The above apply particularly to those leaders falling into the category of “professional manager” which make up the bulk of executives in business today, especially in the large corporates. In an earlier article (see here) I drew a clear and very important distinction between them and creators and builders in business, those entrepreneurs who have made a difference to our lives and changed the business landscape.
The popular view of psychopaths is a rather scary one: killers, rapists, conmen and criminals. The formal view is just as unflattering, describing it as a “personality disorder characterised by a lack of empathy and remorse, shallow affect, glibness, manipulation and callousness” or someone possessing “superficial charm, pathological lying and a diminished capacity for remorse.”
There is also a scientific diagnosis done under brain scan imaging which reveals that normal mirror neurons which are stimulated to trigger empathy are not activated in psychopaths, but rather disturbingly according Science daily “show an increased response in the ventral striatum, an area known to be involved in pleasure, when imagining others in pain.” It’s been shown that only 1% of the population have this condition, although up to 25% of criminals diagnosed in American prisons have the disorder. So even if they were in high demand, it’s doubtful whether leadership positions contain many of them.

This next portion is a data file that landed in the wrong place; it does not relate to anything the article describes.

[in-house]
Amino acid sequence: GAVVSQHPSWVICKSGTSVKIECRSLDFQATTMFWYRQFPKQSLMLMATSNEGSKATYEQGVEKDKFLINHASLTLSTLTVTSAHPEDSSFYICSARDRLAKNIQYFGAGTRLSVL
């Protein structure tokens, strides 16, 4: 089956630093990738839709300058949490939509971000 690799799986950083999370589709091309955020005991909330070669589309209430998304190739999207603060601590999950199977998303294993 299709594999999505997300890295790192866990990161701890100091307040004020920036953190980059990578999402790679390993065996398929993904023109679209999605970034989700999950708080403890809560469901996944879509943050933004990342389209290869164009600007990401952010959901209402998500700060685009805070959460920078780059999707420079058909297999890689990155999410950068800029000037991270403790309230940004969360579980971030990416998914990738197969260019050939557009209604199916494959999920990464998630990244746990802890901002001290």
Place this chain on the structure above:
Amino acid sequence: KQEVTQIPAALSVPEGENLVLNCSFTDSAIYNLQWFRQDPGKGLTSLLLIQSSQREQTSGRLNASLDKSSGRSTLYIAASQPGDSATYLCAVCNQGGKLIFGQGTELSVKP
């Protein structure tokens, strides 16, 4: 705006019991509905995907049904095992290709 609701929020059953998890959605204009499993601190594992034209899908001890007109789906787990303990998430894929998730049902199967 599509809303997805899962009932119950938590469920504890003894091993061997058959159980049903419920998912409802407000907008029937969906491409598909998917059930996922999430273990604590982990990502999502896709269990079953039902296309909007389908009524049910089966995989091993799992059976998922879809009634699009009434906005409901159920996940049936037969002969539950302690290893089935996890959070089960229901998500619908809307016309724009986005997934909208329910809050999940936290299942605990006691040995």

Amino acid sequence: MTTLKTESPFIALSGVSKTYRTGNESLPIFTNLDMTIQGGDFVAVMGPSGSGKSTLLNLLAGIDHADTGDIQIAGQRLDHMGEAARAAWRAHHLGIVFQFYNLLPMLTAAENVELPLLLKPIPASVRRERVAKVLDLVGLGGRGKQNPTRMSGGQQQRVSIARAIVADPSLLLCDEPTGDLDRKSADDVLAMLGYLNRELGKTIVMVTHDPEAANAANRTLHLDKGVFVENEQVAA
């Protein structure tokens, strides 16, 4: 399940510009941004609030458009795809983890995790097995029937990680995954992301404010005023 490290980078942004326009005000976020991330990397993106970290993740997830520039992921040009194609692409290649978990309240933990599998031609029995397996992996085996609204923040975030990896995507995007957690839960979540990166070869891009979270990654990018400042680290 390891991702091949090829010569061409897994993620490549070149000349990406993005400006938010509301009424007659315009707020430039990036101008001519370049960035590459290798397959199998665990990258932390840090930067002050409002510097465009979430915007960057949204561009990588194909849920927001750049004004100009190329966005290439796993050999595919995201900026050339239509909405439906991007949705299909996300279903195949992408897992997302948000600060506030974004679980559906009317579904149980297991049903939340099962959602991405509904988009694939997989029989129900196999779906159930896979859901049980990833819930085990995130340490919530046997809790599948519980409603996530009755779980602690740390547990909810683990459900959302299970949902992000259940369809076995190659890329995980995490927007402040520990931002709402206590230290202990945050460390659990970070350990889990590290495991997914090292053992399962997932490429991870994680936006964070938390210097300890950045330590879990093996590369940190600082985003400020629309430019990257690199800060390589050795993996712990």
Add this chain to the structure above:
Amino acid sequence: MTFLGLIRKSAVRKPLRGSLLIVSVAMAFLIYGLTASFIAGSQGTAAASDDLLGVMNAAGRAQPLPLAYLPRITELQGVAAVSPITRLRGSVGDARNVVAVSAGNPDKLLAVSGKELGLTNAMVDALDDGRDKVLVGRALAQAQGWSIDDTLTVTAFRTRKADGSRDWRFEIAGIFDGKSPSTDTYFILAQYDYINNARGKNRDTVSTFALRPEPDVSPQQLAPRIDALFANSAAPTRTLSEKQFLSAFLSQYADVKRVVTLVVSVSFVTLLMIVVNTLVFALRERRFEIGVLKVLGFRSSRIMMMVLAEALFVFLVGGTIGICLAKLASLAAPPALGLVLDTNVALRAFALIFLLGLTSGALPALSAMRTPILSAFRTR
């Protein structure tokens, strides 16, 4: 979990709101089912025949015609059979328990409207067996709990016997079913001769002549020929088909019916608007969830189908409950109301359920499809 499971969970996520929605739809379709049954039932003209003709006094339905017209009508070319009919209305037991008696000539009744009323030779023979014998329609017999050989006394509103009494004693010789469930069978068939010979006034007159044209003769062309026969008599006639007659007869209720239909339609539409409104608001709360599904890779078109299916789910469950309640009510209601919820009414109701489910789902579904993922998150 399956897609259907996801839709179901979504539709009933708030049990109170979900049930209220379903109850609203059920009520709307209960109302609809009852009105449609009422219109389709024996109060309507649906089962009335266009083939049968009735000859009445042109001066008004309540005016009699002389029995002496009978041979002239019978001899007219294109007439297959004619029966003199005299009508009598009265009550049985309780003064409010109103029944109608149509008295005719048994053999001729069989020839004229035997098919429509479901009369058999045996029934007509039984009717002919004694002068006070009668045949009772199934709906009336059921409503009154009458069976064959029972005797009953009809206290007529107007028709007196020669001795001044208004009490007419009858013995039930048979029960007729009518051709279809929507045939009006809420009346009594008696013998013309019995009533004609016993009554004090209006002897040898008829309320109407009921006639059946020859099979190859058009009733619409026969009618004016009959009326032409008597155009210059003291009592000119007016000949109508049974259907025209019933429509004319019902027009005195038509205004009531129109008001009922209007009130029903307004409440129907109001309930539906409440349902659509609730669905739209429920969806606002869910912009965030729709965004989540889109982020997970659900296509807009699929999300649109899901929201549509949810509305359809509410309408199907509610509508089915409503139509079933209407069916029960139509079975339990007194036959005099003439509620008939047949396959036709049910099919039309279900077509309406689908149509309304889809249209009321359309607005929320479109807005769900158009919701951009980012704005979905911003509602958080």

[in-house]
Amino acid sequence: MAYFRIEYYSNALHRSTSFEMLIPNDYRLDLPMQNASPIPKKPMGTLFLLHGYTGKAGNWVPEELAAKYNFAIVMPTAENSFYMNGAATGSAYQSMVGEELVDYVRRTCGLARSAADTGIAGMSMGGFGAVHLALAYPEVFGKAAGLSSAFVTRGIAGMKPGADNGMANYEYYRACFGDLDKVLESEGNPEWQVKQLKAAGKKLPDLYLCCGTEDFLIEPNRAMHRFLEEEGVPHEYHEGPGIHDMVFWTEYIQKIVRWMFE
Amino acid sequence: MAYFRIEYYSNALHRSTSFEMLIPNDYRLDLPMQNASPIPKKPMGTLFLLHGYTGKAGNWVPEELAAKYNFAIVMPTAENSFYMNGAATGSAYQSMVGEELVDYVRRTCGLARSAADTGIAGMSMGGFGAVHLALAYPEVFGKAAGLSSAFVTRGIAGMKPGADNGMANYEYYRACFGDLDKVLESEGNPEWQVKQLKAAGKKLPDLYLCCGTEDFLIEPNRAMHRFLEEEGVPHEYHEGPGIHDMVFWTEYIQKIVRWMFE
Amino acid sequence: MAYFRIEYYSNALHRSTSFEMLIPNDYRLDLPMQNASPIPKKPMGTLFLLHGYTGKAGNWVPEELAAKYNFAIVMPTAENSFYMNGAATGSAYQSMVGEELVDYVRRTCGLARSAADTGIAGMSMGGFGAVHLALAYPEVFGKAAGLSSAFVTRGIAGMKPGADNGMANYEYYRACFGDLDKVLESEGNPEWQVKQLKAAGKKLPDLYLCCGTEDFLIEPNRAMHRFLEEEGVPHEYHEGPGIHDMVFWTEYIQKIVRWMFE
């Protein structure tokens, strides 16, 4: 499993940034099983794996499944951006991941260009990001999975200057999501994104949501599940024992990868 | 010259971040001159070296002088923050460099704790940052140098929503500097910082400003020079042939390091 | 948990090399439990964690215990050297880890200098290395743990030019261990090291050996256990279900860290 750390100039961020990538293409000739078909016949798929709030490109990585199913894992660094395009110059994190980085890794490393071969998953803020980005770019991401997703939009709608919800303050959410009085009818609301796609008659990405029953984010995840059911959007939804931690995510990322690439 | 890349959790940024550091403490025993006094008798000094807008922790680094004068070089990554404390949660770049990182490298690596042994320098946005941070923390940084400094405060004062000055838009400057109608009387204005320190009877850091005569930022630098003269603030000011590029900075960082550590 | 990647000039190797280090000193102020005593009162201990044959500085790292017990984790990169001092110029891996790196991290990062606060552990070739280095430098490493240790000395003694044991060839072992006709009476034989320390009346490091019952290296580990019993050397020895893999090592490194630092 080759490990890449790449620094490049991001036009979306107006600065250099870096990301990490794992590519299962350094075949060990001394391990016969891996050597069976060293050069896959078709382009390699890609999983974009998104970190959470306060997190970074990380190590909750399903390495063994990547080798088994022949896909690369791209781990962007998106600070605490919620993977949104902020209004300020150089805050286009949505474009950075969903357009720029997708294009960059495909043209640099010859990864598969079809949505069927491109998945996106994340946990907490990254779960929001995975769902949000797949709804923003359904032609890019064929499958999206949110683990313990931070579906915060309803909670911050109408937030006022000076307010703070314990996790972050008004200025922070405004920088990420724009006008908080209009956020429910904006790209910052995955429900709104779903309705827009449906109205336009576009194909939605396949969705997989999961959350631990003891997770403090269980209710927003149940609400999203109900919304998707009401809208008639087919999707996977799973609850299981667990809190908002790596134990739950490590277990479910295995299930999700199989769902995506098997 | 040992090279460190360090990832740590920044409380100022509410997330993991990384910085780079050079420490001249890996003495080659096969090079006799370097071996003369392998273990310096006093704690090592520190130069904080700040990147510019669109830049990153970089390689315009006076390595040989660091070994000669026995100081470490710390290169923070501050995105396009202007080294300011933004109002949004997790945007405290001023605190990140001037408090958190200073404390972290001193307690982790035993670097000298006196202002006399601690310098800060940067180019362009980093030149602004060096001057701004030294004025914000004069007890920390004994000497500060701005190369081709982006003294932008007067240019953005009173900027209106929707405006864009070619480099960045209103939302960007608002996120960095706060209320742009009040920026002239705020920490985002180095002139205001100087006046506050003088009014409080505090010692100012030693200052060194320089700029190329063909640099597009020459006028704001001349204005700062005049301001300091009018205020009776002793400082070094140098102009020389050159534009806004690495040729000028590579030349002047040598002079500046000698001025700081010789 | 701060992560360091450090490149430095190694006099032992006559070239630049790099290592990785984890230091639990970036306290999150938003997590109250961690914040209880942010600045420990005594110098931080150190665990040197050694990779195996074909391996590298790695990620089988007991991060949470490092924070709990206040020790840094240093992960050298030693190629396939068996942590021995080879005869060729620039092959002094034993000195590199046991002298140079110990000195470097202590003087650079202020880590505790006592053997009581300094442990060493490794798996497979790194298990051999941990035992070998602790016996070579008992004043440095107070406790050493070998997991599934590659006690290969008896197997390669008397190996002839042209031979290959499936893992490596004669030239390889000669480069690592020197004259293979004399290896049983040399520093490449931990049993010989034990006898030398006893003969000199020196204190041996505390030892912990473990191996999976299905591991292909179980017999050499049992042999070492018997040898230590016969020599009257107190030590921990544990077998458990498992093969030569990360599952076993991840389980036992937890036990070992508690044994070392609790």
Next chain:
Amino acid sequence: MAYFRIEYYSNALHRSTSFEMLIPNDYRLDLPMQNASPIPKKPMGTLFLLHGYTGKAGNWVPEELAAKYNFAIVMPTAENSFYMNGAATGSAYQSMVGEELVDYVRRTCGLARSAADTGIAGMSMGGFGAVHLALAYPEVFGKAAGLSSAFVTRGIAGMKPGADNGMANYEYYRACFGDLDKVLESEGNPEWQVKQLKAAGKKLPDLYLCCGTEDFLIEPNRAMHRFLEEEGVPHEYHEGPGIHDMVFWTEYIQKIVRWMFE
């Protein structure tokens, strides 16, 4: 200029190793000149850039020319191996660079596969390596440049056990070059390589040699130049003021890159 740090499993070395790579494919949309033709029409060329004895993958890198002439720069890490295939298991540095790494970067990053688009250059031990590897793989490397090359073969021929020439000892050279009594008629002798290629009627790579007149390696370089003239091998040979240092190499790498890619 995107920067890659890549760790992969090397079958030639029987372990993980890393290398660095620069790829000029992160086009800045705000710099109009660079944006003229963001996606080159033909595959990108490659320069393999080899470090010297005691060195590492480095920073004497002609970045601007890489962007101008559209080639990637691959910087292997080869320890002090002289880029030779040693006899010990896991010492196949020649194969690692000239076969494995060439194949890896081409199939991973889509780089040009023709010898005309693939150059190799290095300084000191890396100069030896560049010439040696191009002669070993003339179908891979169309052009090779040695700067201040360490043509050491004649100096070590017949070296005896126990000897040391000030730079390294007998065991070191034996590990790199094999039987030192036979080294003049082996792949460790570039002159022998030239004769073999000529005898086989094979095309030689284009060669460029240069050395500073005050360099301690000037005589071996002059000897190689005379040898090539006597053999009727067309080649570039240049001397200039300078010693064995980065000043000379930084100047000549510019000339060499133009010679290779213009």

But it is not as simple as that either. Latest research conducted by Dutch neuroscientists (see BBC News report here) shows that while psychopaths do not spontaneously and instinctively respond empathetically to the emotions and distress of others, they have an empathy switch which can be turned on, not by simply witnessing distress in others, but by imagining themselves in that situation.
This gives perspective to the findings of American neuroscientist, James Fallon, a self-diagnosed psychopath who calls himself a “pro-social psychopath” (see published interview here). He distinguishes between instinctive empathy as being “emotional empathy” and the “switched on” empathy as being “cognitive empathy”.